Business owners prepared to respond to a spill after a visit from ECOSS.

ECOSS and Seattle Public Utilities jointly developed the spill kit incentive program in 2004. In the nine years of this successful program, ECOSS staff members have served hundreds of small businesses that didn’t necessarily know what should go down the drain, where their drain leads to, and best practices to prevent pollution.

“Our program has been successful because businesses trust us, and we know what they need,” said Kevin Burrell, ECOSS’ executive director. “This grant is seed funding to develop an on-going program through public/private partnerships where more cities can have on-the-ground support with ECOSS’ help.”


ECOSS’ Sustainable Business Coordinators getting ready to tackle pollution across the Puget Sound.

ECOSS is forming partnerships with cities to identify priority areas, provide services on-site, and customize information to specific businesses’ needs. Through ECOSS’ trained multicultural outreach team, services are available in nine languages.

The Puget Sound Partnership is investing approximately $281,000 in federal funds during the next two years, with a 50 percent match from other sources. Through this funding, ECOSS plans to reach 2,500 businesses in the next two years.

The Puget Sound Partnership, a state agency, is leading the recovery of Puget Sound, and coordinates the efforts of citizens, governments, tribes, scientists, and businesses. The Partnership’s Stewardship Program identifies and evaluates model programs in the region and works to expand them to larger geographic areas.

For more information on the Puget Sound Partnership, visit For more on ECOSS stormwater program, visit, or contact John Loyd or Ann Boyce at ECOSS at 206.767.0432.

Meet the Staff – Jin Wook Lee

April 30, 2013

JinJin Wook Lee – Sustainable Business Coordinator

Where are you from?

I was born in Korea, and lived there until I moved to the U.S. in 1992. I originally moved to Texas with family before coming to Washington.

What were you doing before you came to ECOSS? 

I was a real estate agent, and I still have a license for that. I also did some installation of telecommunications equipment when I first moved here.

What do you do day-to-day at work at ECOSS?

For the past few months I had been helping perform waste audits for multi-family housing buildings. We would sort through a building’s trash at the end of the day and catalog their waste to help determine potential cost savings and environmental impacts from increased recycling and composting.

I have also helped with outreach to Korean businesses through the Spill-kit Incentive Program.  We go to small businesses to see if they would be good candidates to get a free spill-kit to help prevent pollution from their business. Recently we presented to the Korean Grocers Association in Lakewood, South Tacoma and Bremerton to promote the program, which was very rewarding.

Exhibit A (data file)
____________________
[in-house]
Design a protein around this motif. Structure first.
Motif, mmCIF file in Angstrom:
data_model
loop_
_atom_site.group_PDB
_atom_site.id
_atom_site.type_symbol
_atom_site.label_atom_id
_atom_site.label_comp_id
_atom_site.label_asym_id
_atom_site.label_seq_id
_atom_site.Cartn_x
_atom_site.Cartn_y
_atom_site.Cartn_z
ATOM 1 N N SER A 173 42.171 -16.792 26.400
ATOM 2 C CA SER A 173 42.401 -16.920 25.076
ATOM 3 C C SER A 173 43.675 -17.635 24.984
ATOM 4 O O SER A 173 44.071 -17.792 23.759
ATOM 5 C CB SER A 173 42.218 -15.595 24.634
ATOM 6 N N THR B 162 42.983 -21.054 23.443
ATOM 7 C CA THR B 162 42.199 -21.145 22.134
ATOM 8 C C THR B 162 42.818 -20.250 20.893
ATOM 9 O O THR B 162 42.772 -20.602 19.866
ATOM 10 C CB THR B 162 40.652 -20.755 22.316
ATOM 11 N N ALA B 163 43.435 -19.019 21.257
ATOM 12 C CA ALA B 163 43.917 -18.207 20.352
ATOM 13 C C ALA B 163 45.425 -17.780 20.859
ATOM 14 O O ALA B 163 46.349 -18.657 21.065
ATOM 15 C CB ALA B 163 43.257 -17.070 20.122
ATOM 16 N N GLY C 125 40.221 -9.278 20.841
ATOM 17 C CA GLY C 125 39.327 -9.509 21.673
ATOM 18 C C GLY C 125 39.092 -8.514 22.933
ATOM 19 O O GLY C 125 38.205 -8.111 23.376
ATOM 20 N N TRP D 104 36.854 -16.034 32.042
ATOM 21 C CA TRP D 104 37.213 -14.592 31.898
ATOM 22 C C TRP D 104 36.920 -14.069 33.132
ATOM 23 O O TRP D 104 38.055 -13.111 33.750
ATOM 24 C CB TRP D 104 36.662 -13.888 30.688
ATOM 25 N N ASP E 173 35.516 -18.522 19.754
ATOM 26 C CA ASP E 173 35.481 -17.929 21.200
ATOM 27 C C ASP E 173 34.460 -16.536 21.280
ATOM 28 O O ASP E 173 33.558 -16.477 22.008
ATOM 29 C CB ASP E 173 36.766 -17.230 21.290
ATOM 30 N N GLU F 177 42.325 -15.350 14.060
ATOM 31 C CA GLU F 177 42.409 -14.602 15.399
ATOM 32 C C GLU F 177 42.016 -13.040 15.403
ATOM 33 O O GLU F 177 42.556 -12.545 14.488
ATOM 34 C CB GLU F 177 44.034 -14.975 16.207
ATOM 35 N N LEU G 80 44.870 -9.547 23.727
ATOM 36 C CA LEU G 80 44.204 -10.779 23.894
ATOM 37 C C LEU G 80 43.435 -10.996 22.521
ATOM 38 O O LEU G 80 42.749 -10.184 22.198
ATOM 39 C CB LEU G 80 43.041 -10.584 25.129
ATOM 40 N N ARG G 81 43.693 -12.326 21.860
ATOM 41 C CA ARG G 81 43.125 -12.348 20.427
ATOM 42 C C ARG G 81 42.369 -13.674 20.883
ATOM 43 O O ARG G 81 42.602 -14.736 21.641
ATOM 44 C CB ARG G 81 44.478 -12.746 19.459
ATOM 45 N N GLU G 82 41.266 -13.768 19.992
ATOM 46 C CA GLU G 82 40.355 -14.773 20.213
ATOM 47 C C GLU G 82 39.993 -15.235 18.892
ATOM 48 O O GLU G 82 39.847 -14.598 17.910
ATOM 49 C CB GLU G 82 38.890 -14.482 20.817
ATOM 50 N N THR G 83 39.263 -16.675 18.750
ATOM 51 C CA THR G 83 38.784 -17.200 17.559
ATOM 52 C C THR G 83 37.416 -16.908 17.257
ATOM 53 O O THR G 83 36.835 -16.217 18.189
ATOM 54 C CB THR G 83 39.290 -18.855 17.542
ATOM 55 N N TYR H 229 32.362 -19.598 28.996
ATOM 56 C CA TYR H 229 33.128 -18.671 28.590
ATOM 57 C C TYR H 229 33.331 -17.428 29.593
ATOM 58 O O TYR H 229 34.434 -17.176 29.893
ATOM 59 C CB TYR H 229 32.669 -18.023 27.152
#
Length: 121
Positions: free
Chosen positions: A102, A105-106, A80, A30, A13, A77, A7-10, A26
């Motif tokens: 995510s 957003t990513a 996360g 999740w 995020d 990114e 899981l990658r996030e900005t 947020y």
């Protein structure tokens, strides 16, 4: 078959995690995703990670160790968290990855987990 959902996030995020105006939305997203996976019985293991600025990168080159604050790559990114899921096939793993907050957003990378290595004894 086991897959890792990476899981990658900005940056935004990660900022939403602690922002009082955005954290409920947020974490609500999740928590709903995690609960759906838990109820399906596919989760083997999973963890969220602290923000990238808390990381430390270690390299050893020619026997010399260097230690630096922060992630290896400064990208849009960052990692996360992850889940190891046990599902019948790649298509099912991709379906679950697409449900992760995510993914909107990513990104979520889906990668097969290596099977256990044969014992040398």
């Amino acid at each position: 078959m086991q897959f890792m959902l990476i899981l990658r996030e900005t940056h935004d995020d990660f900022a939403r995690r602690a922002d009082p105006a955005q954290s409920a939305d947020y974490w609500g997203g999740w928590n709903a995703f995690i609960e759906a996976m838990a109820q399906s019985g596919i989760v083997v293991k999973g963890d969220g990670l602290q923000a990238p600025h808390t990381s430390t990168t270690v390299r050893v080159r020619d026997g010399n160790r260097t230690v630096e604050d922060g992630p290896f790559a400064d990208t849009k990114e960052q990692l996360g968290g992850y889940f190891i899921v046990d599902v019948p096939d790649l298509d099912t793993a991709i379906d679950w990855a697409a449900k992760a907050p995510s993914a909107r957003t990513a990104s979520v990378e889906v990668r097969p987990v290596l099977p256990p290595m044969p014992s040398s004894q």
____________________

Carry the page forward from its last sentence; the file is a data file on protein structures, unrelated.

Now, I am working again with the Powerful Neighborhoods program in Seattle, helping to directly install energy efficient lighting and plumbing in multi-family buildings.

What is your favorite/most rewarding aspect of working at ECOSS?

The Powerful Neighborhoods project is my favorite. It is a long-term project that is going to have a really big impact. It makes me happy to think about all of the money and energy we are helping to save. The rest of the staff on the project are also really fun to work with.

If you could change one thing about Seattle, what would it be?

The weather! Actually, where I grew up in Korea the climate was very similar to Seattle, but after living in Texas for a while I could go for a bit more sunshine.

What is your favorite spot in South Park?

Well, I am actually not in South Park very often except for work, so I don’t think I could say that I have a favorite spot down here.

What do you like to do outside of the office?

I love golfing. Sometimes I like to play tennis. This is why I would like a little more sun around here.

Biggest goal for 2013?

I really want to focus on my faith. I am thinking about doing missionary work in the future. This past year I went on a two-week missionary immersion trip and it really changed my perspective.

Meet the Staff – Socorro Medina

January 31, 2013



Socorro Medina – Multi-Cultural Business Outreach Coordinator

Where are you from?

I was born and grew up in Juarez, Mexico.  I moved to Seattle in 1998.

What were you doing before you came to ECOSS? 

I worked at the University of Washington as a researcher.  My research focused on how mountain ranges affect rain distribution during storms. I did that for about 15 years before deciding I needed to be involved with something that offered more tangible results for people.

What do you do day-to-day at work?

Mostly I have been working on waste reduction audits for apartment buildings; helping to determine how big of a problem waste management is in multi-family buildings.  We talk to building managers and assess the garbage dumpsters, which is much more interesting and not as gross as it sounds.